Staying in a positive mindset is rule No. 1 in Smiley’s book. Photo courtesy of Janelle Smiley

As one of the world's top endurance athletes, Janelle Smiley has set and achieved many goals over the years. From world-breaking ski traverses to personal climbing goals, she has found success by following a holistic approach.

In addition, Smiley shares her experience and knowledge with others as a mindset development coach. We talked with her recently about the process of setting goals and overcoming mental blocks. These are skills that don't just work in the mountains, but also in everyday life.

"Setting positive goals that excite you is the best place to start," Smiley tells ASN. "In the sense of ‘I want to achieve my optimal fitness’ vs ‘I want to lose weight.'” Our unconscious mind can’t hear negatives. If you say ‘I don’t want to fall’ your unconscious hears ‘I want to fall,’ so it’s important to keep your mind on the results you do desire, not the results you don’t desire.”

Janelle Smiley hiking up in the area of Steirerhütten during Red Bull Der Lange Weg in Tauplitz, Austria on March 21, 2018. Photo: Courtesy of Janelle Smiley.

Smiley uses a formula made up of four components – cognitive, emotional, physical and spiritual – to help her set and accomplish her goals. Looking at all four of these driving forces (and not just a single element, like physical training) is what helps her break down fears and expectations, thus allowing her to tap into a positive mindset and stay motivated, she says.

Cognitive

“Set realistic expectations that are measurable but also challenging and push your comfort zone,” says Smiley. “Set goals that you are truly excited about achieving.”

What you constantly feed your mind will dictate your outcome. Smiley asks herself and her clients, “What are you telling yourself in the moment, and on a hourly, daily basis? Are you setting yourself up for success or are you self-destructing before you even start?”

Your mind is an incredibly powerful tool – it just needs to be trained.

Emotional

“This is where you discover your triggers and how you get emotionally charged,” Smiley offers. “Find where you are blocking yourself, whether it is based in fear habits, patterns or messages from years past. All of these have to do with how you feel about yourself and how you see yourself.”

Smiley encourages her clients to take personal responsibility and recognize the emotional triggers that hold them back. The only way to change them is to change the inside environment where they are being cultivated. Exploring these emotions can be painful, but will ultimately be beneficial not only for setting goals, but for your life.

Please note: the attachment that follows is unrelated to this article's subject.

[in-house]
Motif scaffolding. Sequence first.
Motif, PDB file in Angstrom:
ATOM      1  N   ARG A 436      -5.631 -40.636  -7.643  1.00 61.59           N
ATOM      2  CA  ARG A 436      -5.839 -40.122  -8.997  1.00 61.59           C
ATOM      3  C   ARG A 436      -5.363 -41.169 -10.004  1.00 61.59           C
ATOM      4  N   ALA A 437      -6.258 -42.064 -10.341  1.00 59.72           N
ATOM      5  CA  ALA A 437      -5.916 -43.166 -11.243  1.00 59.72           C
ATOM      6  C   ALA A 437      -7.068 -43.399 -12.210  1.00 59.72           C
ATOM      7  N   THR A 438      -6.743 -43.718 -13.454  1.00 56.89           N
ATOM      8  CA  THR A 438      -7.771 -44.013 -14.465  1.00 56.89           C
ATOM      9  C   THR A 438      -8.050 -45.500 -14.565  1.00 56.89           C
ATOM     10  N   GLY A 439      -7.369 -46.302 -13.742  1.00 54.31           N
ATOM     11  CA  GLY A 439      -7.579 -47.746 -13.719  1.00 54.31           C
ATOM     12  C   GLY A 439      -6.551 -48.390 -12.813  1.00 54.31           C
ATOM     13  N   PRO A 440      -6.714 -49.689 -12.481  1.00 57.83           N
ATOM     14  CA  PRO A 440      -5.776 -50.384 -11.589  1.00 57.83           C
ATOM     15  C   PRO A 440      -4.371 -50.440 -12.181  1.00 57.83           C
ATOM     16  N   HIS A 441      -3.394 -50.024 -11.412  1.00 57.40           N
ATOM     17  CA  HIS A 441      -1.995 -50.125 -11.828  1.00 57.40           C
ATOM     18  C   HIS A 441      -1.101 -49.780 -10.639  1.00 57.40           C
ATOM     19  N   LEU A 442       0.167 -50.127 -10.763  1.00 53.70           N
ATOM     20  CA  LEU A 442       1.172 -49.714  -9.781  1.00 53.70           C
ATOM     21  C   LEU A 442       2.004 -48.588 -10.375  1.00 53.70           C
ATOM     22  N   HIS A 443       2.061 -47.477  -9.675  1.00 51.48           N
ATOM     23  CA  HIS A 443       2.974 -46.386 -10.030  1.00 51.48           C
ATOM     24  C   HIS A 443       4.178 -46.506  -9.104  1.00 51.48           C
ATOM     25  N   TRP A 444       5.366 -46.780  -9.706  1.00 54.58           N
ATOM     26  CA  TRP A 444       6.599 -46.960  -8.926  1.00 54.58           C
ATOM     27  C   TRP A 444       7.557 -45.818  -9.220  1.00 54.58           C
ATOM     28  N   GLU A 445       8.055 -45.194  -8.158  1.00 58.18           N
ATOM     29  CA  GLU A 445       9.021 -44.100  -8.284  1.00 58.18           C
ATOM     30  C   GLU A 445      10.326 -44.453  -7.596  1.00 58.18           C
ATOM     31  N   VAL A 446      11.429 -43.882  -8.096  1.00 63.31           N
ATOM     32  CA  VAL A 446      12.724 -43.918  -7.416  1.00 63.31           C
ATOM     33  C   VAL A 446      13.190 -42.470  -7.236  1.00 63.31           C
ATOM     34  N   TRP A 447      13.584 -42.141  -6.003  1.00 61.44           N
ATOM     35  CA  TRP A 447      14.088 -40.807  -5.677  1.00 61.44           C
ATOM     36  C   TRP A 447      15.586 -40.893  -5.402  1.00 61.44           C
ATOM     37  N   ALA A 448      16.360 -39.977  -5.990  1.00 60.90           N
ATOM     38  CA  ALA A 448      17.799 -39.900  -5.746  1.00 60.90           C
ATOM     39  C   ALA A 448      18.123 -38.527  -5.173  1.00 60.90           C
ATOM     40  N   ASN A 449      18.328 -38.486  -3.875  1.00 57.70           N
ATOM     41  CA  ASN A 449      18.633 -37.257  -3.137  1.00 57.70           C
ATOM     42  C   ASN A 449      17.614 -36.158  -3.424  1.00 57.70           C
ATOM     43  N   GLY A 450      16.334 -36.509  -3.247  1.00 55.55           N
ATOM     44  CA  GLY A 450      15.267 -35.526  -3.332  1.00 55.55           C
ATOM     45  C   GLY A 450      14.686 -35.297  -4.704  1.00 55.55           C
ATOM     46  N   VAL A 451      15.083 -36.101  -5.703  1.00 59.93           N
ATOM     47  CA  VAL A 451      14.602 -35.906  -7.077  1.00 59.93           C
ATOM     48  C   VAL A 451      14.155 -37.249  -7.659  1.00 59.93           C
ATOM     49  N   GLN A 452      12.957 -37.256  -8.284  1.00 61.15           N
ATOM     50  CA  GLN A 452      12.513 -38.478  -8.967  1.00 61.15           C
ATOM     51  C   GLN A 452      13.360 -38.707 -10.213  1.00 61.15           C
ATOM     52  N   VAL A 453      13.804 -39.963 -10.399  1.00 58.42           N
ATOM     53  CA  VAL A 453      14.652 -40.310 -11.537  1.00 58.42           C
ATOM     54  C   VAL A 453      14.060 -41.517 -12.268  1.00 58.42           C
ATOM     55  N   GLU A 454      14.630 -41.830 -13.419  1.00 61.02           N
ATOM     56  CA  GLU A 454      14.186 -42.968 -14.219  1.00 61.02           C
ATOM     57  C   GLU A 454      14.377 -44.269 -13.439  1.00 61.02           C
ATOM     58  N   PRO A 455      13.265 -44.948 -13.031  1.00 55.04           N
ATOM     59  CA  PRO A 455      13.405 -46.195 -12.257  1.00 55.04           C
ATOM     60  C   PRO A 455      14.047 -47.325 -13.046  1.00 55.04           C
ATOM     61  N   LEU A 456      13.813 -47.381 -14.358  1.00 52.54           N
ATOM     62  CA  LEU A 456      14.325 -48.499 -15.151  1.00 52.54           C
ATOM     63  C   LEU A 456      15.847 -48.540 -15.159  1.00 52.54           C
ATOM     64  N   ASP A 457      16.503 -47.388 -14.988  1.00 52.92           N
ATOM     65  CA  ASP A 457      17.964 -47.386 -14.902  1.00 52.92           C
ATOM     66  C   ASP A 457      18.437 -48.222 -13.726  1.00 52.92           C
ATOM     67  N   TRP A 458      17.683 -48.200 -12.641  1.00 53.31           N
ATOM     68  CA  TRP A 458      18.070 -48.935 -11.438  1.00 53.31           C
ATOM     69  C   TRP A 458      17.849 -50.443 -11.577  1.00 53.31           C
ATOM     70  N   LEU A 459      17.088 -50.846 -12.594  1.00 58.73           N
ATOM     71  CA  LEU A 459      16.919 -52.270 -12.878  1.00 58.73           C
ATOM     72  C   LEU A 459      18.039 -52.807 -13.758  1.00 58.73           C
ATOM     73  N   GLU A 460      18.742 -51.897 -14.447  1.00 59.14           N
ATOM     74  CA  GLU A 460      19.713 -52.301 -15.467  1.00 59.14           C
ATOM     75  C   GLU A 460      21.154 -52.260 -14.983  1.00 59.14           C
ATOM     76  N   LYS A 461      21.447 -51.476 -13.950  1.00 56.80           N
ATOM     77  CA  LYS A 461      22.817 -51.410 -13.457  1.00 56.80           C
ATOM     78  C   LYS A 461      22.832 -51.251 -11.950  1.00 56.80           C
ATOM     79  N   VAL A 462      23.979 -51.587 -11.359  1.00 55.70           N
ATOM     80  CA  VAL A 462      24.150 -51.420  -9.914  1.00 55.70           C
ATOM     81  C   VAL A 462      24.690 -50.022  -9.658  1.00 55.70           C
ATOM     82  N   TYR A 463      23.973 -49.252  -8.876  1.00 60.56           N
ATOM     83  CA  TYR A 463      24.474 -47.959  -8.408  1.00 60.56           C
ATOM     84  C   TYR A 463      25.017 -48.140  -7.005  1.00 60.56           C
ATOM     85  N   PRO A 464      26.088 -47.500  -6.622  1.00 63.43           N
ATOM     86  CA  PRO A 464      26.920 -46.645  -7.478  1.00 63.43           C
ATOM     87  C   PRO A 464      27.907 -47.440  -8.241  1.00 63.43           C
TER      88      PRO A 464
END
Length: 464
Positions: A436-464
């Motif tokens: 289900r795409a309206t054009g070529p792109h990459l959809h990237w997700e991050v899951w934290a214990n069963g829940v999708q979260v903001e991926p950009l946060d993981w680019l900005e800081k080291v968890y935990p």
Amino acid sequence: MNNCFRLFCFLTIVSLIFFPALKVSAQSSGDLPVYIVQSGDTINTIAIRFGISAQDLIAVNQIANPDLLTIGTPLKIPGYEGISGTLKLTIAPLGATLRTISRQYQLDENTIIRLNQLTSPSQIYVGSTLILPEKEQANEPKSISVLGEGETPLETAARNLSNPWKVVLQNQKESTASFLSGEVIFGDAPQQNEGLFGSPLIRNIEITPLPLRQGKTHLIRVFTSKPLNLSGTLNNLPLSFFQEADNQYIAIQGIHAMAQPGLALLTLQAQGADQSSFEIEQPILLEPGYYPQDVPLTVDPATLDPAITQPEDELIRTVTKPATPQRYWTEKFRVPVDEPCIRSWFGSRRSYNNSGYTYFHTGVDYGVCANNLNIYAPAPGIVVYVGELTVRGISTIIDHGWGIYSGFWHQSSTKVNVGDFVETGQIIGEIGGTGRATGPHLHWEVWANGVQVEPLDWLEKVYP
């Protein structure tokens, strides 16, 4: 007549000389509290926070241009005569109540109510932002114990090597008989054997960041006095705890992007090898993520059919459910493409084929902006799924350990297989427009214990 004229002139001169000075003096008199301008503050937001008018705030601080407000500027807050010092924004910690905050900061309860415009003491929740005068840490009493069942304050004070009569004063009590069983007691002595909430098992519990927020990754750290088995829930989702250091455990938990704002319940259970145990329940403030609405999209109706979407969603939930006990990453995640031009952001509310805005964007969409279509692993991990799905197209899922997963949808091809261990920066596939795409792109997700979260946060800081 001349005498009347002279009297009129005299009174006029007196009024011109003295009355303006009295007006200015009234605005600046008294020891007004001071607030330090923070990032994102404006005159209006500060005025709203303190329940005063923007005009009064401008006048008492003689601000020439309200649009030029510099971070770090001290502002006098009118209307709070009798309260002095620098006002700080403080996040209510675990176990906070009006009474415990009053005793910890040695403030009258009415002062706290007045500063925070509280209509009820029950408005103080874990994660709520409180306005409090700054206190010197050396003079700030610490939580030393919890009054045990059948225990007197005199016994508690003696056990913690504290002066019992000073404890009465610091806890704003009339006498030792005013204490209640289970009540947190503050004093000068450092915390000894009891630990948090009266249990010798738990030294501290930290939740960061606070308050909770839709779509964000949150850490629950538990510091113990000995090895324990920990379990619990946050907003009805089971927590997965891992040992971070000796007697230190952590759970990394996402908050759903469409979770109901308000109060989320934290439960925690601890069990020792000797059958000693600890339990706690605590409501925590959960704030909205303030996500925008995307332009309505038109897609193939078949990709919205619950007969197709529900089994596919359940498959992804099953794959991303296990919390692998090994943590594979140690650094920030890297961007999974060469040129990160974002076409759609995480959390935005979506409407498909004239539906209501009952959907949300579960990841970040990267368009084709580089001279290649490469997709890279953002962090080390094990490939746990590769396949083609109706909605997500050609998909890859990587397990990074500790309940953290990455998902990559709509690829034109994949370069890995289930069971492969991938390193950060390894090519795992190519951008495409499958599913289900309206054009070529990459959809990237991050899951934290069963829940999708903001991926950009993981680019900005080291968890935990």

Smiley during the ascent of Großglockner during the Red Bull Der Lange Weg in Kals, Austria on March 26, 2018. Photo: Courtesy of Janelle Smiley.

Physical

“The physical aspect, tends to be the most straight forward because it has to do with our bodies.” Smiley says. “It is easy to see a change of form and to measure differences.”

Often the physical aspect is the goal – whether that’s simply to get stronger through training, or to train for something big, like climbing a mountain. Of course, the focuses here is on what we put into our bodies when it comes to nutrition and substance, and the energy that we expend. Our physical body is a vehicle and like a vehicle, it needs to be cared for to run properly.

Spiritual

Spirituality is so vast and can vary from person to person. One person’s driving force can just be connection to earth, while another person’s spirituality can be grounded in a religion. Whatever the source is, finding a natural flow from within gets you more centered with purpose. Having this connection will inevitably help you reach your goals.

“The spiritual aspect is where you find the motivation and the connection to all that is around you. It is where you connect to the underlying desire,” adds Smiley. “Pay attention to the different things that bring you energy and those that do the opposite.”

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